The increasing Debt to GBV is as per management expectations and they are targeting an even higher number (50%-53%) to stay on the growth course. In terms of principal repayments, around 3% was due for the remainder of 2023 as of the end of Q1.
Auto REIT was quite comfortable in terms of liquidity at March 31 with around $52 million in undrawn credit facilities, a number which increased to $82 million by the time the Q1 report was published. It also has four unencumbered properties approximately valued at $61.5 million. Monthly distributions have remained unchanged at $0.067 since 2015 and the REIT has annually paid out around 90% of its FFO for the last few years (except for 2020, which was higher). At the current price the stock yields 7.2%.
Our Current Outlook
The next couple of years may be a balancing act for this REIT. On one hand they will have the opportunity to pick up properties at good prices with the not so rosy macro environment. On the other hand, they will have to manage their rising interest costs.
The REIT has been active in the capital markets in 2023 by buying 4 properties in Quebec in early 2023. One more was in the works at the time the Q1-2023 results were released. One reason it could do that was that the REIT traded close to its NAV for most of the last 3 years.
The current price though is problematic for the company to issue more equity and that means it will have to look for opportunities when the stock bounces to issue units. The acquisitions in 2023 were debt funded and that was ok as a one-off. But things will be challenging in the future.
From our perspective, the current price is attractive from an income investor’s standpoint and this is one of the few cases where we believe in the NAV stated by management. Automotive dealerships are built large parcels of land and most are in relatively attractive neighborhoods. This is one real case of where the phrase “buy land, they are not building any more” applies. The property value has two layers of buffer. The tenant with a long term lease and the underlying value of land in case of redevelopment. The implied cap rate is around 7.1% and, believe it or not, we think that Auto REIT at 7.1% is far more attractive than SmartCenters Real Estate Investment Trust (SRU.UN:CA) or RioCan Real Estate Investment Trust (REI.UN:CA) at 6.7%. The latter have far more risks and much weightier debt to EBITDA on their hands. Their capex requirements are astronomical for their redevelopment. So Auto REIT wins easily even though it gets lumped into retail. We think this is one of the few REITs in Canada that can be bought today, while bracing for volatility.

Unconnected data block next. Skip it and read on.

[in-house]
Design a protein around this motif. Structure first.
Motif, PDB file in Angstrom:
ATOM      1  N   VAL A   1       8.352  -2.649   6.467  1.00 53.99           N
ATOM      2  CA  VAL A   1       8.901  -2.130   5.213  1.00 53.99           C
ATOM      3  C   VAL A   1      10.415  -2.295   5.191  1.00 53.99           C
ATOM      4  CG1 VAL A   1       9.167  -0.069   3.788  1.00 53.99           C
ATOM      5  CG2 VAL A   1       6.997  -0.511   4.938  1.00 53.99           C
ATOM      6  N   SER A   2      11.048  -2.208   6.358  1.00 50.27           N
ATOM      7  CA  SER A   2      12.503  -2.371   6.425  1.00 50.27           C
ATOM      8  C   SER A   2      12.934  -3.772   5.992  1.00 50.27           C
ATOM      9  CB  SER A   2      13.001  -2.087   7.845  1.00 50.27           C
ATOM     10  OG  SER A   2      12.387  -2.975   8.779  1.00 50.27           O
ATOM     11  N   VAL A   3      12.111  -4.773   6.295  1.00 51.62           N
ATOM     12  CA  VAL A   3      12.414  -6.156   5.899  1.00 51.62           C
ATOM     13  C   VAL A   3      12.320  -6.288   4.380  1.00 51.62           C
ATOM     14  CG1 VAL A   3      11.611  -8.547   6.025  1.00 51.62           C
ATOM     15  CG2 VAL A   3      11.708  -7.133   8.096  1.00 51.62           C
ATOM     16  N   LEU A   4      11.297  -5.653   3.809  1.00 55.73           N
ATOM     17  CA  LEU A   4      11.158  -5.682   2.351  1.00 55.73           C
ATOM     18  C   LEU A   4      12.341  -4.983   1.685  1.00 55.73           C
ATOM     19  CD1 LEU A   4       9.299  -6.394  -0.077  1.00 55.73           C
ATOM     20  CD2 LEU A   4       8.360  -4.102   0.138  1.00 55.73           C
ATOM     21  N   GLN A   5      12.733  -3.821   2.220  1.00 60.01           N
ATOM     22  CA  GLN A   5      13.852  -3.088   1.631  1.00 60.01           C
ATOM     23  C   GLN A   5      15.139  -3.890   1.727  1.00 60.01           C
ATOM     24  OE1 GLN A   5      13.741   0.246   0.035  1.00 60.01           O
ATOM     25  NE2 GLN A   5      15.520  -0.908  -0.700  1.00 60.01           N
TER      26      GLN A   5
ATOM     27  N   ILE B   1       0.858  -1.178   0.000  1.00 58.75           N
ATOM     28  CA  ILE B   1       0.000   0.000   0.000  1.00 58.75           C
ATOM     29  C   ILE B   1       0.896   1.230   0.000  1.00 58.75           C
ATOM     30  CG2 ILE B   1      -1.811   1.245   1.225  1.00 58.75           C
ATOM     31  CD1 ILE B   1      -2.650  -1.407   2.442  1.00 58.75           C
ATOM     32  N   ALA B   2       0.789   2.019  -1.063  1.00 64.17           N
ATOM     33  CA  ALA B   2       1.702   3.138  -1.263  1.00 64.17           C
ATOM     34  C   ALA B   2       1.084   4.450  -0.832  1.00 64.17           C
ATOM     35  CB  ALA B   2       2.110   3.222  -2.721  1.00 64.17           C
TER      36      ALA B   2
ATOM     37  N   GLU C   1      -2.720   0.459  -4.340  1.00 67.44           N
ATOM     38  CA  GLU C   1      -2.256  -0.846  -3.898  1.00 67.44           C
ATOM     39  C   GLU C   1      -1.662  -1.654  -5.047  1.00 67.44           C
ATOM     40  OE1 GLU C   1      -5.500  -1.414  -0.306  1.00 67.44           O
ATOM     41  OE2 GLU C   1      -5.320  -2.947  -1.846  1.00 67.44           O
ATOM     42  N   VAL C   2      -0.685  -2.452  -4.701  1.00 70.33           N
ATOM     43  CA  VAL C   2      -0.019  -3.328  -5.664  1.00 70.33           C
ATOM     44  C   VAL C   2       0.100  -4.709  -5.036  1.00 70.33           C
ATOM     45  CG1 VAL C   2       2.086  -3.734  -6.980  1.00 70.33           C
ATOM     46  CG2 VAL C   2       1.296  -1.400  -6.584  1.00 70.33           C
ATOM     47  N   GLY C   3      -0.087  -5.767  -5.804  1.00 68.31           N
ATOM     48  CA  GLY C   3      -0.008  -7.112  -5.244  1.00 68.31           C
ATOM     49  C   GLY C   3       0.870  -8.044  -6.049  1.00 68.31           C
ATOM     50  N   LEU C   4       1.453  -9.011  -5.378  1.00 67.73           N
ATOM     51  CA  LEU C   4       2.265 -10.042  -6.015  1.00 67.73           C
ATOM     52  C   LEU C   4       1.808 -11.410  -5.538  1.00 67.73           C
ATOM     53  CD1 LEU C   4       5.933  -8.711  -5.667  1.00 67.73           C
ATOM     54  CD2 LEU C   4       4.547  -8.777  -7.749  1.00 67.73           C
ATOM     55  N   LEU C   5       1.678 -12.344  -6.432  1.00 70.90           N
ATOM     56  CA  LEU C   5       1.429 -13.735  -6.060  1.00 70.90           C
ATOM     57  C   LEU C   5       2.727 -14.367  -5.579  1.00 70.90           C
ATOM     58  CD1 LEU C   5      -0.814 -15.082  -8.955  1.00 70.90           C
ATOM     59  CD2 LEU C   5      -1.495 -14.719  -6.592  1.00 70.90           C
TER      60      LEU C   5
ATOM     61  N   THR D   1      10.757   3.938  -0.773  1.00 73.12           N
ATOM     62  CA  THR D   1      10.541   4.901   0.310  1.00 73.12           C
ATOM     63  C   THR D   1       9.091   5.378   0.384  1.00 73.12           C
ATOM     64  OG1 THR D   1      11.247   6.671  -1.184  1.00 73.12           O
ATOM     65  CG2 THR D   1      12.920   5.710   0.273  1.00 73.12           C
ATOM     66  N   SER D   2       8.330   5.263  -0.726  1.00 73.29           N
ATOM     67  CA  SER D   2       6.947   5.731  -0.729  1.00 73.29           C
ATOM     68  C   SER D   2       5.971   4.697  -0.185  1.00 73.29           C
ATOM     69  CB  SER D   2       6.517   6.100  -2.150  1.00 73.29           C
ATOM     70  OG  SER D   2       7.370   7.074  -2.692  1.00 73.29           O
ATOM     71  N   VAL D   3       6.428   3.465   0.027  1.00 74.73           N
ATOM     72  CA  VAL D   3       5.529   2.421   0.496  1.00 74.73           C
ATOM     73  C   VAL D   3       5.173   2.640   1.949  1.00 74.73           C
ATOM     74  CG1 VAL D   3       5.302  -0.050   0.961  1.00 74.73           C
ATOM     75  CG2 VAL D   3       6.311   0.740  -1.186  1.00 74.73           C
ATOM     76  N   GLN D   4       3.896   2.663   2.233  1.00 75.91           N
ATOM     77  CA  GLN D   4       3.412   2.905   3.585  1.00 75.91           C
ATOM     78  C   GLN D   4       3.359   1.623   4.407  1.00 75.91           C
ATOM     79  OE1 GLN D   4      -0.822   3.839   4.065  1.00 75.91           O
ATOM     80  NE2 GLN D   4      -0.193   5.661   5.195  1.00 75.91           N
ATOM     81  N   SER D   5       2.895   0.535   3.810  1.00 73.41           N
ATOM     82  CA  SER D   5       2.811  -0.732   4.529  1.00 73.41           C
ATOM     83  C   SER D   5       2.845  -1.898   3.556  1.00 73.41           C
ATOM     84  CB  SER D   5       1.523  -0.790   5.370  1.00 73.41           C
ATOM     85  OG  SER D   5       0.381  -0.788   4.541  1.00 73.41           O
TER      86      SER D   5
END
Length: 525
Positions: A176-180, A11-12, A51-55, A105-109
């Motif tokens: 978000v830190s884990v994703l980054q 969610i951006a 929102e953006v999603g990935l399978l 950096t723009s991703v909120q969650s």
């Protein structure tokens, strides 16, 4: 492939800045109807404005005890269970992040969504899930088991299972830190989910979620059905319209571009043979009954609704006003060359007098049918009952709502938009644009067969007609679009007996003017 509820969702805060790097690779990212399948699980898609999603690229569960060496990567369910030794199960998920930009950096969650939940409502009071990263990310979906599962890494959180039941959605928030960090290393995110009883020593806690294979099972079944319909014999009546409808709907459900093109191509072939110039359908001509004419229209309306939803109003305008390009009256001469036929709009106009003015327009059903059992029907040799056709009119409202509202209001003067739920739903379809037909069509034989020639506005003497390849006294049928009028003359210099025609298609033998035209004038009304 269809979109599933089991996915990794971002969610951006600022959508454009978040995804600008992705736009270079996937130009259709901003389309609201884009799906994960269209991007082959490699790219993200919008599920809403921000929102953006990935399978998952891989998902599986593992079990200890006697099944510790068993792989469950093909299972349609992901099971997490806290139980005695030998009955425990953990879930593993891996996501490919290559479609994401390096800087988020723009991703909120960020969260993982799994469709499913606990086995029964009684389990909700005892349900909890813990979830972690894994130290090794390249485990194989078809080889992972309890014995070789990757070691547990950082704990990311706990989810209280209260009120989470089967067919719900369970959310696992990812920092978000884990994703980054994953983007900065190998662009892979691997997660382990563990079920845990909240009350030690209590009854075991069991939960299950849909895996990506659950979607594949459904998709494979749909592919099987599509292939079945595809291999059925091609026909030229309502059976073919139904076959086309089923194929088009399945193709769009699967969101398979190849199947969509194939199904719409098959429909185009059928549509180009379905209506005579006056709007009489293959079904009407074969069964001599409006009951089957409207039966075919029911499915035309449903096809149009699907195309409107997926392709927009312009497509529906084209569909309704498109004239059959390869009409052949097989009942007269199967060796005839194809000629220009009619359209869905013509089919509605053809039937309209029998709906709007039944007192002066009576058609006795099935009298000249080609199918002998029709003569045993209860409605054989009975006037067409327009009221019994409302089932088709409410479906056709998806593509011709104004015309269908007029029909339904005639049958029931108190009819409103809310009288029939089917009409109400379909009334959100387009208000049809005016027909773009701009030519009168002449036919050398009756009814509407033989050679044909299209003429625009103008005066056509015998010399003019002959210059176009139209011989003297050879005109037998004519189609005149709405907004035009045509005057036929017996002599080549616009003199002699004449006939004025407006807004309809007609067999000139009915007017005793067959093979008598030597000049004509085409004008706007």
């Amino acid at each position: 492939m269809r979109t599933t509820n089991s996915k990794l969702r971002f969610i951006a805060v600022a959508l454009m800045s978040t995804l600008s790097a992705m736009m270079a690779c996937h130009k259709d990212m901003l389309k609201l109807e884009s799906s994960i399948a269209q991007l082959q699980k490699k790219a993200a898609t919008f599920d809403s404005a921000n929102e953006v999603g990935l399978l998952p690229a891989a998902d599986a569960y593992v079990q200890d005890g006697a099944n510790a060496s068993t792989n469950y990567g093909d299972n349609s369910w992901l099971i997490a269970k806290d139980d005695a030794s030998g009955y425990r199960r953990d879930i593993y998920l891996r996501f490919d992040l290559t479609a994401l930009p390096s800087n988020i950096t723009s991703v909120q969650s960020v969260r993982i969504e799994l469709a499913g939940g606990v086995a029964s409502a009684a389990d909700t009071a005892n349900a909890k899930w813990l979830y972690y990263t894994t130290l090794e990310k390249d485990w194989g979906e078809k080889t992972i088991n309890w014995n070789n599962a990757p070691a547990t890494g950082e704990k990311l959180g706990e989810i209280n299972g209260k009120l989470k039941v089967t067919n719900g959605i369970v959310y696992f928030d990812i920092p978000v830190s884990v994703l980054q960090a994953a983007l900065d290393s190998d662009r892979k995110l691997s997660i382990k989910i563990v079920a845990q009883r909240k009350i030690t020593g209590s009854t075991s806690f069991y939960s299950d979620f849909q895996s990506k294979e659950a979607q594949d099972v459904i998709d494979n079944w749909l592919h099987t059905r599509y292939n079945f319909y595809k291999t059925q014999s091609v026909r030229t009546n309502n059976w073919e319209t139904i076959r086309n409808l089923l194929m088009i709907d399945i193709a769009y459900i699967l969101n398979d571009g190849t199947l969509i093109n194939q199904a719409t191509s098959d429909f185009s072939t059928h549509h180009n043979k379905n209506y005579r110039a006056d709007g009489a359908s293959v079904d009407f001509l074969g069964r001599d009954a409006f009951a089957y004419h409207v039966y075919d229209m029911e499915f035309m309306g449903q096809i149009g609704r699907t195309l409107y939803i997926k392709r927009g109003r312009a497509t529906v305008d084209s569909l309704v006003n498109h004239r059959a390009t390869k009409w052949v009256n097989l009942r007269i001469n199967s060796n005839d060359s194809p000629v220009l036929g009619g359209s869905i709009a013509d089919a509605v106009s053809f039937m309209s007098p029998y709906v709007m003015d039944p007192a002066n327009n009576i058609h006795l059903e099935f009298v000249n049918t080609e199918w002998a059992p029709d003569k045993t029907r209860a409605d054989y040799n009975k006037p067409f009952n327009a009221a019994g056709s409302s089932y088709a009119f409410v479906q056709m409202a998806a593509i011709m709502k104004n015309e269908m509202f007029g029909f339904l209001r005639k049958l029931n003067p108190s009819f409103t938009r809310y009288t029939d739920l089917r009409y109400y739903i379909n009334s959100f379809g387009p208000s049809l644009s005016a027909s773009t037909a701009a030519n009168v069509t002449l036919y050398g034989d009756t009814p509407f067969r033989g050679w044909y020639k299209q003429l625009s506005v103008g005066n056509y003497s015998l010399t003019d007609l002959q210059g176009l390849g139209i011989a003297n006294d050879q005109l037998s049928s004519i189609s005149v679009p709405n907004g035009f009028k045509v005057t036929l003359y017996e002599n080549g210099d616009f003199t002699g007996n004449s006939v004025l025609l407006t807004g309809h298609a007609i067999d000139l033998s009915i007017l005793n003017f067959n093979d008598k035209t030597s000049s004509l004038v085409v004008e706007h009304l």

Please note that this is not financial advice. It may seem like it, sound like it, but surprisingly, it is not. Investors are expected to do their own due diligence and consult with a professional who knows their objectives and constraints.
Editor’s Note: This article discusses one or more securities that do not trade on a major U.S. exchange. Please be aware of the risks associated with these stocks.